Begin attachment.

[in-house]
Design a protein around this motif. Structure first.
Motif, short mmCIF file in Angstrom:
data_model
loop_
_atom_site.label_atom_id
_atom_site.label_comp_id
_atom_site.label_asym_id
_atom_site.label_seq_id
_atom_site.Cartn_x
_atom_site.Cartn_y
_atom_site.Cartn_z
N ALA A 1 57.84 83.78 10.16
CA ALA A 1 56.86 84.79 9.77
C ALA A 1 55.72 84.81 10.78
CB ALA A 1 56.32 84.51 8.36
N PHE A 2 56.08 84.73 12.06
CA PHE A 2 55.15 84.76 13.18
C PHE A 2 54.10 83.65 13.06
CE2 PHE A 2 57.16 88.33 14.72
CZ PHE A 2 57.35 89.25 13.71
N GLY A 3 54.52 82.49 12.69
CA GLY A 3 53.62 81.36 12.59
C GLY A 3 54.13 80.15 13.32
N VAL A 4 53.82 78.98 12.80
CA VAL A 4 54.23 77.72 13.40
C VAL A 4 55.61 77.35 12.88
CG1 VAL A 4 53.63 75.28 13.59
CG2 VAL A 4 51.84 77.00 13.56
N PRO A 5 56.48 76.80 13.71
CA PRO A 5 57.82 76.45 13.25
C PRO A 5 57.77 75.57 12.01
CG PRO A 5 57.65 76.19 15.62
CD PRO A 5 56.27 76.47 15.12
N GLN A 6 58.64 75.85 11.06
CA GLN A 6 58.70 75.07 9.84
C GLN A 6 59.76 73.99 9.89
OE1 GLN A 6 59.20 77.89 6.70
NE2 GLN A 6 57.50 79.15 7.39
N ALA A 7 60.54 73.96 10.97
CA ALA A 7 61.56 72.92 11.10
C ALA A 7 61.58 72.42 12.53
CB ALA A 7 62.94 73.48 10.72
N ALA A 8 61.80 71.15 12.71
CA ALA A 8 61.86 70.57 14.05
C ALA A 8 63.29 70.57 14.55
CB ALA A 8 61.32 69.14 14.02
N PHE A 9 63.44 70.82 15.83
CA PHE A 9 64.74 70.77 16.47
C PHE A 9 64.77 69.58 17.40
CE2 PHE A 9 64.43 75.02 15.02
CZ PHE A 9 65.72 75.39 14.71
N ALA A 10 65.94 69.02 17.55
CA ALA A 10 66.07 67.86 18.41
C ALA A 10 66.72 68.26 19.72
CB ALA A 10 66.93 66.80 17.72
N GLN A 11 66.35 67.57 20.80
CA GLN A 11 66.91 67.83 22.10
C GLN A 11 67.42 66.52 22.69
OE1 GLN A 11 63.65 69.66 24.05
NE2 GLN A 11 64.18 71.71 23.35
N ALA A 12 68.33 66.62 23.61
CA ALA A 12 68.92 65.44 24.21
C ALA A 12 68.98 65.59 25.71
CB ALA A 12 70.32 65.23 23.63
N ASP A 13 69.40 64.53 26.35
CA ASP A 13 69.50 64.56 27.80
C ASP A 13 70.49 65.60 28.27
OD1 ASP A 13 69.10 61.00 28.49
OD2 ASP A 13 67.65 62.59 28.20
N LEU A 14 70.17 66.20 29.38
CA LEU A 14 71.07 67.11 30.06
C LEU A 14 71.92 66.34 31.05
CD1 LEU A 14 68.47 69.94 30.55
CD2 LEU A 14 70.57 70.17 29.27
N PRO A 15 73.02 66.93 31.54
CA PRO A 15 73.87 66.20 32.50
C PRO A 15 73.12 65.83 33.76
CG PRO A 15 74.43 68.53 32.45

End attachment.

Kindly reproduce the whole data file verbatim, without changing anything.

[in-house]
Design a protein around this motif. Structure first.
Motif, short mmCIF file in Angstrom:
data_model
loop_
_atom_site.label_atom_id
_atom_site.label_comp_id
_atom_site.label_asym_id
_atom_site.label_seq_id
_atom_site.Cartn_x
_atom_site.Cartn_y
_atom_site.Cartn_z
N ALA A 1 57.84 83.78 10.16
CA ALA A 1 56.86 84.79 9.77
C ALA A 1 55.72 84.81 10.78
CB ALA A 1 56.32 84.51 8.36
N PHE A 2 56.08 84.73 12.06
CA PHE A 2 55.15 84.76 13.18
C PHE A 2 54.10 83.65 13.06
CE2 PHE A 2 57.16 88.33 14.72
CZ PHE A 2 57.35 89.25 13.71
N GLY A 3 54.52 82.49 12.69
CA GLY A 3 53.62 81.36 12.59
C GLY A 3 54.13 80.15 13.32
N VAL A 4 53.82 78.98 12.80
CA VAL A 4 54.23 77.72 13.40
C VAL A 4 55.61 77.35 12.88
CG1 VAL A 4 53.63 75.28 13.59
CG2 VAL A 4 51.84 77.00 13.56
N PRO A 5 56.48 76.80 13.71
CA PRO A 5 57.82 76.45 13.25
C PRO A 5 57.77 75.57 12.01
CG PRO A 5 57.65 76.19 15.62
CD PRO A 5 56.27 76.47 15.12
N GLN A 6 58.64 75.85 11.06
CA GLN A 6 58.70 75.07 9.84
C GLN A 6 59.76 73.99 9.89
OE1 GLN A 6 59.20 77.89 6.70
NE2 GLN A 6 57.50 79.15 7.39
N ALA A 7 60.54 73.96 10.97
CA ALA A 7 61.56 72.92 11.10
C ALA A 7 61.58 72.42 12.53
CB ALA A 7 62.94 73.48 10.72
N ALA A 8 61.80 71.15 12.71
CA ALA A 8 61.86 70.57 14.05
C ALA A 8 63.29 70.57 14.55
CB ALA A 8 61.32 69.14 14.02
N PHE A 9 63.44 70.82 15.83
CA PHE A 9 64.74 70.77 16.47
C PHE A 9 64.77 69.58 17.40
CE2 PHE A 9 64.43 75.02 15.02
CZ PHE A 9 65.72 75.39 14.71
N ALA A 10 65.94 69.02 17.55
CA ALA A 10 66.07 67.86 18.41
C ALA A 10 66.72 68.26 19.72
CB ALA A 10 66.93 66.80 17.72
N GLN A 11 66.35 67.57 20.80
CA GLN A 11 66.91 67.83 22.10
C GLN A 11 67.42 66.52 22.69
OE1 GLN A 11 63.65 69.66 24.05
NE2 GLN A 11 64.18 71.71 23.35
N ALA A 12 68.33 66.62 23.61
CA ALA A 12 68.92 65.44 24.21
C ALA A 12 68.98 65.59 25.71
CB ALA A 12 70.32 65.23 23.63
N ASP A 13 69.40 64.53 26.35
CA ASP A 13 69.50 64.56 27.80
C ASP A 13 70.49 65.60 28.27
OD1 ASP A 13 69.10 61.00 28.49
OD2 ASP A 13 67.65 62.59 28.20
N LEU A 14 70.17 66.20 29.38
CA LEU A 14 71.07 67.11 30.06
C LEU A 14 71.92 66.34 31.05
CD1 LEU A 14 68.47 69.94 30.55
CD2 LEU A 14 70.57 70.17 29.27
N PRO A 15 73.02 66.93 31.54
CA PRO A 15 73.87 66.20 32.50
C PRO A 15 73.12 65.83 33.76
CG PRO A 15 74.43 68.53 32.45